À mon chevet is a series of posts featuring a quote from whatever book is on my nightstand at the moment.
I began to teach clarinet students on school-day afternoons, and with the money I earned I paid for a weekly Saturday train trip to Boston. I would leave Concord at 6:45 a.m. and ride the Boston and Maine train along the banks of the Merrimack, the same waterway traversed by Thoreau and his brother and documented in A Week on the Concord and Merrimack Rivers. Upon arrival at North Station, I would take the streetcar to Boston University for morning rehearsals of the Greater Boston Youth Symphony. In the afternoons I would take a clarinet lesson with Felix Viscuglia and/or theory lessons with a graduate student in Cambridge. This routine went on for about three years, during which time I discovered that I had also inherited from my parents an addiction to reading and to loitering in bookstores. Harvard Square provided the ideal pusher for my jones. I rarely returned from a Saturday trip without some new book, and I remember many of them: A Farewell to Arms, Crime and Punishment, A Mencken Chrestomathy, The Portable Aristotle, The Writings of Sigmund Freud (not as good as Peyton Place, I thought), William Faulkner's Sanctuary, Will Durant's The Story of Philosophy, Edith Hamilton's The Greek Way, and countless biographies, not only of composers but of writers, philosophers, and historical figures. When I graduated from Concord High School I was asked the usual questions to go with my yearbook picture. Under "prize possession" I wrote "my libido." The student editors printed this without looking up "libido" in the dictionary. "We thought it was a musical instrument," one of them said when she eventually found out its meaning.I am surely not the only classical music-head to receive a copy of this autobiography, by American composer John Adams, for Christmas. This passage made me think a lot about what sorts of opportunities to try to create for my own children -- or being open to the opportunities they may try to create for themselves, which is what Adams did.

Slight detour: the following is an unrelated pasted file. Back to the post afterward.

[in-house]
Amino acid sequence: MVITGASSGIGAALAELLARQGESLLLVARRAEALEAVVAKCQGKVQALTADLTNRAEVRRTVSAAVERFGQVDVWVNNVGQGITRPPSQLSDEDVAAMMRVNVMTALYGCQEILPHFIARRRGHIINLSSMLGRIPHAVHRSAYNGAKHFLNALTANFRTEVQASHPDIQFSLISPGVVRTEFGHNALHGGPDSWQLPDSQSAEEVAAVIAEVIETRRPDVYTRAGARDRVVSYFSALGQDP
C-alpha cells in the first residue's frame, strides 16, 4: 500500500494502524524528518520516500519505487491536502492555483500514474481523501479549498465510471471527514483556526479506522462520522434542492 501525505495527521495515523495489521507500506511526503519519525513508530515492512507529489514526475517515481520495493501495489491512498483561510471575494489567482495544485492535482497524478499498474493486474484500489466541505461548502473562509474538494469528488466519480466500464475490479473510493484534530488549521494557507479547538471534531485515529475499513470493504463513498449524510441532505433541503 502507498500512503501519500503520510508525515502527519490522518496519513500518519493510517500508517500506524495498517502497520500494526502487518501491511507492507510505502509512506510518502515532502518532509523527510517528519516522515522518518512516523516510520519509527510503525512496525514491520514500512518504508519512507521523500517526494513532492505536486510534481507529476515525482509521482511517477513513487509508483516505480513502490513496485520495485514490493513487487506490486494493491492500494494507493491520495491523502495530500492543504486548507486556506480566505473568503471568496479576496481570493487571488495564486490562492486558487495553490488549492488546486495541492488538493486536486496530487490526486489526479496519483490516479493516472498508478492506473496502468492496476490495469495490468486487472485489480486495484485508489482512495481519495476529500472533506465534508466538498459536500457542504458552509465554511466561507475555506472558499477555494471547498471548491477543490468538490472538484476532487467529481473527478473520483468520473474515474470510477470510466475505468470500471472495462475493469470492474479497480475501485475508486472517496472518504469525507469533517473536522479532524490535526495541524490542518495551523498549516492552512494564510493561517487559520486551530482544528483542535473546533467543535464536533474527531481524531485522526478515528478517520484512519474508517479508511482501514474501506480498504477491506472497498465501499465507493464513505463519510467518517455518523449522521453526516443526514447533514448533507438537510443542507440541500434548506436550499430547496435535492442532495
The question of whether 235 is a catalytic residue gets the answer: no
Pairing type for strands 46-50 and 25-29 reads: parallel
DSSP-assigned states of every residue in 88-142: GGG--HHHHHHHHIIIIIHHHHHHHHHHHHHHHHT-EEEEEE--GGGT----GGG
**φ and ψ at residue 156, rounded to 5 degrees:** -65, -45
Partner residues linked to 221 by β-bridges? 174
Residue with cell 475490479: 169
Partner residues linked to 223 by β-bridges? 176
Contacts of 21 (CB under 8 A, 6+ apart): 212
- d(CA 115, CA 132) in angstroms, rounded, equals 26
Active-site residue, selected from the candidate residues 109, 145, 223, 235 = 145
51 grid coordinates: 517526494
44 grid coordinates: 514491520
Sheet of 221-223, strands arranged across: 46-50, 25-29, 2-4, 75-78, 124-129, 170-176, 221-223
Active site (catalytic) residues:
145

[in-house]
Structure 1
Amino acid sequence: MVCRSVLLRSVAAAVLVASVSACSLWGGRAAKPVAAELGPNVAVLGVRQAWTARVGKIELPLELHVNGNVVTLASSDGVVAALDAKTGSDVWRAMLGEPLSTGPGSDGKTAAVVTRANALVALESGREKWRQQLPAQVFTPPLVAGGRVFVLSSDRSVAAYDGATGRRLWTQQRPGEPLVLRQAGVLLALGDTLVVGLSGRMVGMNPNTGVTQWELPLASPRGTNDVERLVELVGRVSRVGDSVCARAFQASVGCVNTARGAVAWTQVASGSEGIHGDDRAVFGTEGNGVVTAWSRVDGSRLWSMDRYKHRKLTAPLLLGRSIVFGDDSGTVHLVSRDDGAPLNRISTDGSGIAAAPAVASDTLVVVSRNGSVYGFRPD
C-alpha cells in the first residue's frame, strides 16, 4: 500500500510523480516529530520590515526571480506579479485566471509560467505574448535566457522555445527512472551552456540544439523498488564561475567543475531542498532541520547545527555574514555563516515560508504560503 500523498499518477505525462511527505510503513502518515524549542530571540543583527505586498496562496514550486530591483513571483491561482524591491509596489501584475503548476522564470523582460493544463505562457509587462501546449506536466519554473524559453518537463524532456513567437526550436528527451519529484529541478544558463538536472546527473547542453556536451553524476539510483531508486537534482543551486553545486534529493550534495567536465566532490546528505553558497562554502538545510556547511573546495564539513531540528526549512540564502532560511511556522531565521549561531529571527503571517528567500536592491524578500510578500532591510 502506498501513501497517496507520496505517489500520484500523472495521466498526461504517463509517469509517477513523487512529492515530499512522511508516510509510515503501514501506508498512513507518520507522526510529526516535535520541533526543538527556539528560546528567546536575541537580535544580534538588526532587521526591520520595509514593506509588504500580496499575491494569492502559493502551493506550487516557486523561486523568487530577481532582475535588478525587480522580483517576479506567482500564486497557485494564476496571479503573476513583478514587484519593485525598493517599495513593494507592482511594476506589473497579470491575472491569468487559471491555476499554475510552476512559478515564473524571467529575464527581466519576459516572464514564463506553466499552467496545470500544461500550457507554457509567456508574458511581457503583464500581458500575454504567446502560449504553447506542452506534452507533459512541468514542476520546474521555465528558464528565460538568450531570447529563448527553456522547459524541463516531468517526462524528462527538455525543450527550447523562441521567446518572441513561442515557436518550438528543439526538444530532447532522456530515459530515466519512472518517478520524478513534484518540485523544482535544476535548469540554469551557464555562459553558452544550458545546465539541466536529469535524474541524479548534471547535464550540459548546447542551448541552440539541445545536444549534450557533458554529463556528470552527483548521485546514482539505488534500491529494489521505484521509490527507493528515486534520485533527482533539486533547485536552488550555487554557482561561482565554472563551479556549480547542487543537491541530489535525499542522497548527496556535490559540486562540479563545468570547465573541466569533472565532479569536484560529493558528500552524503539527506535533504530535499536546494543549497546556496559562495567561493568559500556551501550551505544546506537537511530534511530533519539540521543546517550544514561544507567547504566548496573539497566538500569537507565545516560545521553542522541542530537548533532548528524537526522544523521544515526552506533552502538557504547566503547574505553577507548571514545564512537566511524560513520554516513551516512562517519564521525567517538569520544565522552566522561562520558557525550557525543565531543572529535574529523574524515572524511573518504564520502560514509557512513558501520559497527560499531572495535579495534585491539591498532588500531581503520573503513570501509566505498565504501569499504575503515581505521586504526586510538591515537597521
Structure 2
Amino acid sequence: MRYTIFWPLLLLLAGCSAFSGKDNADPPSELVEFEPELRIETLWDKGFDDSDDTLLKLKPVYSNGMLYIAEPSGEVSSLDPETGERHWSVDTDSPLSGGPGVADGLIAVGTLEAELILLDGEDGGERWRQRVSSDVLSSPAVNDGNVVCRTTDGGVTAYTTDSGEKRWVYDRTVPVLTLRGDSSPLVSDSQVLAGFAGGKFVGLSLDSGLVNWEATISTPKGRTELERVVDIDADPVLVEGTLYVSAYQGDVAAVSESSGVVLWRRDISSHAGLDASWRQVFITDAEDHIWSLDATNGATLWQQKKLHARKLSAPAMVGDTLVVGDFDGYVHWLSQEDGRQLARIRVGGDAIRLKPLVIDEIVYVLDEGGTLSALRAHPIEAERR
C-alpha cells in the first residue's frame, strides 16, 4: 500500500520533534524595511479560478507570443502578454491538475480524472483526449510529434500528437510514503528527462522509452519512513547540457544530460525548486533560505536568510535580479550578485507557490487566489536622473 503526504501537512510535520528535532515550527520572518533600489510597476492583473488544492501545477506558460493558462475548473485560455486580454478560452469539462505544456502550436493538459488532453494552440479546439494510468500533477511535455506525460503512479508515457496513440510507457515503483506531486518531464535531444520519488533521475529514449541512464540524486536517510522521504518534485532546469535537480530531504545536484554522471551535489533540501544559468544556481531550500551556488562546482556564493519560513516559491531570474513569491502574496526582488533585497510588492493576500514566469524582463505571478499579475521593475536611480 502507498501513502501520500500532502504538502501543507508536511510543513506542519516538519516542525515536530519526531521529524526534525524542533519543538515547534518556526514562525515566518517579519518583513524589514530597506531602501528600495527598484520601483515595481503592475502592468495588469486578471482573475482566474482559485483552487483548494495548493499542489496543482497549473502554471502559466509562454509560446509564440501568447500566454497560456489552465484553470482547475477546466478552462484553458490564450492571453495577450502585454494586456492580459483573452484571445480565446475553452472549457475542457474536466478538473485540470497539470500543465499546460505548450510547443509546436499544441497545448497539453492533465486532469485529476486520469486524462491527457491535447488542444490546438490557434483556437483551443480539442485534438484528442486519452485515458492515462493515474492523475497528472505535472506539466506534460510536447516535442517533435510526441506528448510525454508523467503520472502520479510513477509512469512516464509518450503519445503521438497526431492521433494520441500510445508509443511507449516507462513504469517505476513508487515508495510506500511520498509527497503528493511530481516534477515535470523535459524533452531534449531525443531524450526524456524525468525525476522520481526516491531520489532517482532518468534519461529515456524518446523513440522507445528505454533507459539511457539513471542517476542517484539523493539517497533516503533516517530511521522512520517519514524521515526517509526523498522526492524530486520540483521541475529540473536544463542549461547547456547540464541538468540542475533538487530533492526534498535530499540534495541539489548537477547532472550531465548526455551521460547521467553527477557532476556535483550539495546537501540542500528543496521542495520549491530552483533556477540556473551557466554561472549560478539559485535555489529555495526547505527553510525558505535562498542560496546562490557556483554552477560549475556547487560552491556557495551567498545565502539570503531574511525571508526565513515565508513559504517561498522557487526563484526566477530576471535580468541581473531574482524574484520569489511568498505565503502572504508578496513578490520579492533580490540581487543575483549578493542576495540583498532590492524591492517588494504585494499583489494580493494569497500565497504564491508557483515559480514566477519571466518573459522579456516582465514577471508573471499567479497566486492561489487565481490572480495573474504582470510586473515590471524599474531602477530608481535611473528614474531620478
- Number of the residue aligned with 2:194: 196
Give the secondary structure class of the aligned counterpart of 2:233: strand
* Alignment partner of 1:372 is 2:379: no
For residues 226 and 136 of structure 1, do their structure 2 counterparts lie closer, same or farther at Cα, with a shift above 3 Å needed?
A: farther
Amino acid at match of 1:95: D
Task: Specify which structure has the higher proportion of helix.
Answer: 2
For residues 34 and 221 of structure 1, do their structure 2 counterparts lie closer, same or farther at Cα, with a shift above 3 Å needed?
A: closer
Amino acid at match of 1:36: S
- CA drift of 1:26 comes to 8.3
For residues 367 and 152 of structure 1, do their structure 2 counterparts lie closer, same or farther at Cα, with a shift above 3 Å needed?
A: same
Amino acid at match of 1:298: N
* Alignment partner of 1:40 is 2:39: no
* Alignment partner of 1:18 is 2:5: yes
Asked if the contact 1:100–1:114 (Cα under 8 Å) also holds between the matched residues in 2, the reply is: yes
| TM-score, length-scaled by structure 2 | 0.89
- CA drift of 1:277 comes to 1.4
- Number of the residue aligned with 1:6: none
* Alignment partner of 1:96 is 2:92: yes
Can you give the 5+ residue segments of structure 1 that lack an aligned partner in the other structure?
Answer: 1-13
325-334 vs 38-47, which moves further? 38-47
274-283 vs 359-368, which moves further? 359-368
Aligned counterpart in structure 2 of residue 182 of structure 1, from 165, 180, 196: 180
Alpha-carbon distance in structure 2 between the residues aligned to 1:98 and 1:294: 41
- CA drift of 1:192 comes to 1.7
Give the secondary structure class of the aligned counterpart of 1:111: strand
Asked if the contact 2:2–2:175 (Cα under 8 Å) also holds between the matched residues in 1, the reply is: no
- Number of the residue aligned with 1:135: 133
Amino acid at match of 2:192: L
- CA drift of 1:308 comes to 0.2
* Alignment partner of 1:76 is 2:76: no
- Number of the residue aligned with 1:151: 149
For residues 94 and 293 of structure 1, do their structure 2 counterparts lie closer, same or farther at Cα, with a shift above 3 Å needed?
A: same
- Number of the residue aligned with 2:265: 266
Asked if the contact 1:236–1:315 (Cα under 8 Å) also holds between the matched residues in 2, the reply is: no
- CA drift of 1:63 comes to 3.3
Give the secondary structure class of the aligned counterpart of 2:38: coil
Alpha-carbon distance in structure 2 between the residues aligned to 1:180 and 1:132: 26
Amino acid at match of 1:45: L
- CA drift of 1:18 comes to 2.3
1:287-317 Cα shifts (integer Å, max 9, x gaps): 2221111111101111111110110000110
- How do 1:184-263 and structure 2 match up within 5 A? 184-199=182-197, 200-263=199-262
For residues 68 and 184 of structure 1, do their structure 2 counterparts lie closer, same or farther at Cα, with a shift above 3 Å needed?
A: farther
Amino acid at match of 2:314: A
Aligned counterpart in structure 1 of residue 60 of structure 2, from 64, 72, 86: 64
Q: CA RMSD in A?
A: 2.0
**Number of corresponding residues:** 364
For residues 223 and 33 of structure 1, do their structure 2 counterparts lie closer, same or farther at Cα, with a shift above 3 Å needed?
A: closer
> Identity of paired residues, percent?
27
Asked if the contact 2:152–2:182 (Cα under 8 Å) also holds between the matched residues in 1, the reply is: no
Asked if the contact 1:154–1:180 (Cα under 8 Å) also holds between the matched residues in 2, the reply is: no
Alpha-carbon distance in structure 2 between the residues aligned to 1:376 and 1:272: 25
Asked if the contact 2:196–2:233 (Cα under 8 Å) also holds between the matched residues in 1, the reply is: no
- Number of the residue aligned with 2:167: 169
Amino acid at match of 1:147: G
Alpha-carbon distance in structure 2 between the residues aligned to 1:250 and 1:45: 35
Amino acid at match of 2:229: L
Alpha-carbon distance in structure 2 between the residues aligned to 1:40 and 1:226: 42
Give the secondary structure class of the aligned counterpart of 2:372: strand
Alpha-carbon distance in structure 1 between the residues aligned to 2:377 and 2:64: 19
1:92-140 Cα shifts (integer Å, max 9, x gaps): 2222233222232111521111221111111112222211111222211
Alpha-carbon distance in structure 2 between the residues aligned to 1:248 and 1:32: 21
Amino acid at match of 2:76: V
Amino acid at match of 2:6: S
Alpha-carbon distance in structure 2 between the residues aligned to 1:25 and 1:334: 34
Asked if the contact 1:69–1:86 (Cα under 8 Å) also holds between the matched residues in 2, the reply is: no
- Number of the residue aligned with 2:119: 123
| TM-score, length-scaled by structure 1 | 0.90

-- John Adams, Hallelujah Junction: Composing an American Life (2008), pp. 26-27
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